Innovation helps save lives in grain bin entrapments

When a grain bin accident occurs in a rural community, the first line of defense is often the local fire department. Because the grain’s weight and frictional characteristics make it impossible for first responders to simply pull a victim out, special equipment and training are required for a successful rescue. Many fire departments lack both.

“If a 165-pound person is trapped in grain to the waist, it takes 325 pounds of pressure to pull them out,” says Dan Neenan, director, National Education Center for Agricultural Safety (NECAS). “If trapped up to the neck, it requires 625 pounds of pressure. In either instance, you could injure the victim by trying to exert that much pressure.”

From 2010 to 2019, there were 330 grain entrapments, according to the 2019 Summary of U.S. Agricultural Confined Space-Related Injuries and Fatalities. While the numbers have gone down year-over-year, a recent uptick in documented cases is concerning. In 2019, there were 38 grain entrapments, an increase of eight from the prior year – 23 were fatal.

To raise awareness and help save lives, Nationwide teamed up with NECAS and other collaborators to begin Grain Bin Safety Week in 2014. A critical component of the annual program is the Nominate Your Fire Department contest. In its eighth year, the contest awards the Great Wall of Rescue tube and hands-on training to first responders. 

“Our mission is to try to save lives through education about the hazards of going into a grain structure,” says Paul Stevenson, senior risk management consultant, Nationwide. “Our goal is that someday we will not need to give away rescue tubes because every farmer and grain operation will know it is not safe to be inside a grain bin.”

Great Wall of Rescue

Developed by Illinois-based Eastland Fabrication, the Great Wall of Rescue is a system of individual panels built around the victim, joined via ball-and-socket connectors. It’s then driven into the grain, creating a barrier that relieves pressure on the victim and serves as a retaining wall so grain can be removed from around the trapped person.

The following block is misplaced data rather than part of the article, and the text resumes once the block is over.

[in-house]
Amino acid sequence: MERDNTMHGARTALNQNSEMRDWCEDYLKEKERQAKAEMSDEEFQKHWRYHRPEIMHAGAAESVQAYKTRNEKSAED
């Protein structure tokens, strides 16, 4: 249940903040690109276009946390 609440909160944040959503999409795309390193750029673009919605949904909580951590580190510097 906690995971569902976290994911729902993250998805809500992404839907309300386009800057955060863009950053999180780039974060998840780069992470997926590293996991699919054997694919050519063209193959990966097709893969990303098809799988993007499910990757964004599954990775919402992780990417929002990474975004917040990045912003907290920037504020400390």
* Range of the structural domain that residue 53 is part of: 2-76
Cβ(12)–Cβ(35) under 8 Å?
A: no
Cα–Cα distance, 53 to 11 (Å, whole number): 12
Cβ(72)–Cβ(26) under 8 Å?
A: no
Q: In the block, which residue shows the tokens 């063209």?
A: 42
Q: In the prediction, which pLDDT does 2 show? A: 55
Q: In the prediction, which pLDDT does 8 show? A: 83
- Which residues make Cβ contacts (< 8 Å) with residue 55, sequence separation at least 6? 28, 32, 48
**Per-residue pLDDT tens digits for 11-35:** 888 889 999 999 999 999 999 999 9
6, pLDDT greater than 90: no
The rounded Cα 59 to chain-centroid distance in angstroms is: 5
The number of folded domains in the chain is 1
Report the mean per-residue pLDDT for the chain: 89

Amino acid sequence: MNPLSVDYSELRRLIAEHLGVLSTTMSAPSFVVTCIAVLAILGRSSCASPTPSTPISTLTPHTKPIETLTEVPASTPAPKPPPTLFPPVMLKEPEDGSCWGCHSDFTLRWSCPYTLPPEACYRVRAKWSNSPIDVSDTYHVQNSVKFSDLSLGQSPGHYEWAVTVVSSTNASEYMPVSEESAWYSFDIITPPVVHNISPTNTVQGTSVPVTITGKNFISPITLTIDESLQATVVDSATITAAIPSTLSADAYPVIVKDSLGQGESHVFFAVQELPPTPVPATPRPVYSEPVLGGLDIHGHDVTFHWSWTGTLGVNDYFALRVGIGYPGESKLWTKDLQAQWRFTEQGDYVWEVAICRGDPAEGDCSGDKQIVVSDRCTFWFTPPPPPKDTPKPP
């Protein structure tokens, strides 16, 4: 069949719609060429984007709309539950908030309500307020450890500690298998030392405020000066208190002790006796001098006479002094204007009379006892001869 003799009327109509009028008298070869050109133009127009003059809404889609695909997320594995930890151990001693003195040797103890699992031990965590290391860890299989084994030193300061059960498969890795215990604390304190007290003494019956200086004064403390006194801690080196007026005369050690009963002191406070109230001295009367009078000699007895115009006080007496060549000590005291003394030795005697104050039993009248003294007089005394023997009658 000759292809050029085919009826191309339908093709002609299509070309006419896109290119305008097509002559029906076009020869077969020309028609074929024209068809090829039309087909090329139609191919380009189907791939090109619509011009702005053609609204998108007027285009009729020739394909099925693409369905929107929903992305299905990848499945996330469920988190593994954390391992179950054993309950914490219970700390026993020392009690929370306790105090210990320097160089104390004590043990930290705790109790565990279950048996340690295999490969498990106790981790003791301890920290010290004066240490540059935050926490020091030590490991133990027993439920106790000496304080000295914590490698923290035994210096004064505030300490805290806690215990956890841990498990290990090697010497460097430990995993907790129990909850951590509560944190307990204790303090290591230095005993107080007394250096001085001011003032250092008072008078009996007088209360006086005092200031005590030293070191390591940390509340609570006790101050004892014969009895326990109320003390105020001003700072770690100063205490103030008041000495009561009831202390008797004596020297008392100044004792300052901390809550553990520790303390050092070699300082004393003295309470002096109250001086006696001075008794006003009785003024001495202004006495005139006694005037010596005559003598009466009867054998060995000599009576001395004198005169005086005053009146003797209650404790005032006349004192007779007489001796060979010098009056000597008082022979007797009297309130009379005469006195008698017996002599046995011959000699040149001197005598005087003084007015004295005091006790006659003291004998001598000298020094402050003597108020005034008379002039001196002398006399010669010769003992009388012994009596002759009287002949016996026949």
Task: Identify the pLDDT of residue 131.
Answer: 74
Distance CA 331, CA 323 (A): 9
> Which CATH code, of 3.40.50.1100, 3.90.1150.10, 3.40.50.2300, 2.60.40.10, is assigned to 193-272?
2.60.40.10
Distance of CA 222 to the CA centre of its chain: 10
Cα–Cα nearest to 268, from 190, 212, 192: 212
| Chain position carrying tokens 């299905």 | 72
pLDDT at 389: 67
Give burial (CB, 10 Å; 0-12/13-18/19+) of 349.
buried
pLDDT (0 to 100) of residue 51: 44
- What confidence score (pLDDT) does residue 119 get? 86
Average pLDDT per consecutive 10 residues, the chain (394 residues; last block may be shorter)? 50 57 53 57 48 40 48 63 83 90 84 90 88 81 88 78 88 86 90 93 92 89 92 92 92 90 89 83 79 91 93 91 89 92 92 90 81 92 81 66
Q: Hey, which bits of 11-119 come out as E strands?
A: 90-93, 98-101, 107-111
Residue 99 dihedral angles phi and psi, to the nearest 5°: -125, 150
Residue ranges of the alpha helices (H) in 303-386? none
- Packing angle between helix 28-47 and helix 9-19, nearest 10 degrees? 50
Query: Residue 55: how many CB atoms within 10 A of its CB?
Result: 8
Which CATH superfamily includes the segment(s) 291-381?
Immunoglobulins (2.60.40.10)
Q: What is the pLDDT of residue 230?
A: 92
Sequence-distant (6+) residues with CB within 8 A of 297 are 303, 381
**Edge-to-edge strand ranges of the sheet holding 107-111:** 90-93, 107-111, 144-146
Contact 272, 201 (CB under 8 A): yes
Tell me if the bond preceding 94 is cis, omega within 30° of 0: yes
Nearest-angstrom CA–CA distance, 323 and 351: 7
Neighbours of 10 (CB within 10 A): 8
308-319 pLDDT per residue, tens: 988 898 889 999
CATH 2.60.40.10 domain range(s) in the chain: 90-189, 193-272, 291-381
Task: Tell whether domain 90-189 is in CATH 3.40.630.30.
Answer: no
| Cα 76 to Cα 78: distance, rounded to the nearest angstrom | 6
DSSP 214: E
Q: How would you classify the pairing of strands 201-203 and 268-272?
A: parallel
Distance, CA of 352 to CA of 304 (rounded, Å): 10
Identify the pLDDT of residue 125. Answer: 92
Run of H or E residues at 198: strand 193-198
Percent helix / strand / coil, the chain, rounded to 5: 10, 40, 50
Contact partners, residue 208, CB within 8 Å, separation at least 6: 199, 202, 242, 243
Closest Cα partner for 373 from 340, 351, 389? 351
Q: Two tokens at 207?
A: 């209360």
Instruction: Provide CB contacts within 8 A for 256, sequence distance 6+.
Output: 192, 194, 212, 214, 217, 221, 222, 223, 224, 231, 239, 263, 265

“Once placed, the victim can help scoop grain out of the inside or a grain auger can be used to evacuate grain until he can climb out or be lifted out,” Neenan says. “Before rescue tubes were created, plywood or ambulance backboards were used. The problem with those options is that the grain leaks back into the space where the victim is. If the victim needs to take a break, the leak never stops, and the area fills back up.”

Open from January 1 to April 30, the Nominate Your Fire Department contest receives about 1,000 nominations each year. “It’s very difficult to choose the winners as everyone who is nominated has a need,” Stevenson says, adding that the tube and training cost about $5,000.

To date, 152 fire departments across 29 states have been awarded tubes and training; 41 were announced in 2020, the most ever in a single year.

A Successful Rescue

A recipient in 2015, Minnesota’s Glenville Fire Department put its tube and training to use less than two years later when a farmer from a neighboring town became engulfed up to his neck in corn. 

“In a rural setting, a lot of the time you know the people you’re responding to on a first-name basis,” says Matt Webb, Glenville’s fire chief. “You know their family. You know their kids. It shakes everyone in a small community.”

Because Webb and his team, all volunteers, had the proper equipment and know-how, a life was saved that day.

“For the rescue to turn out the way it did, there was no better feeling,” Webb says.

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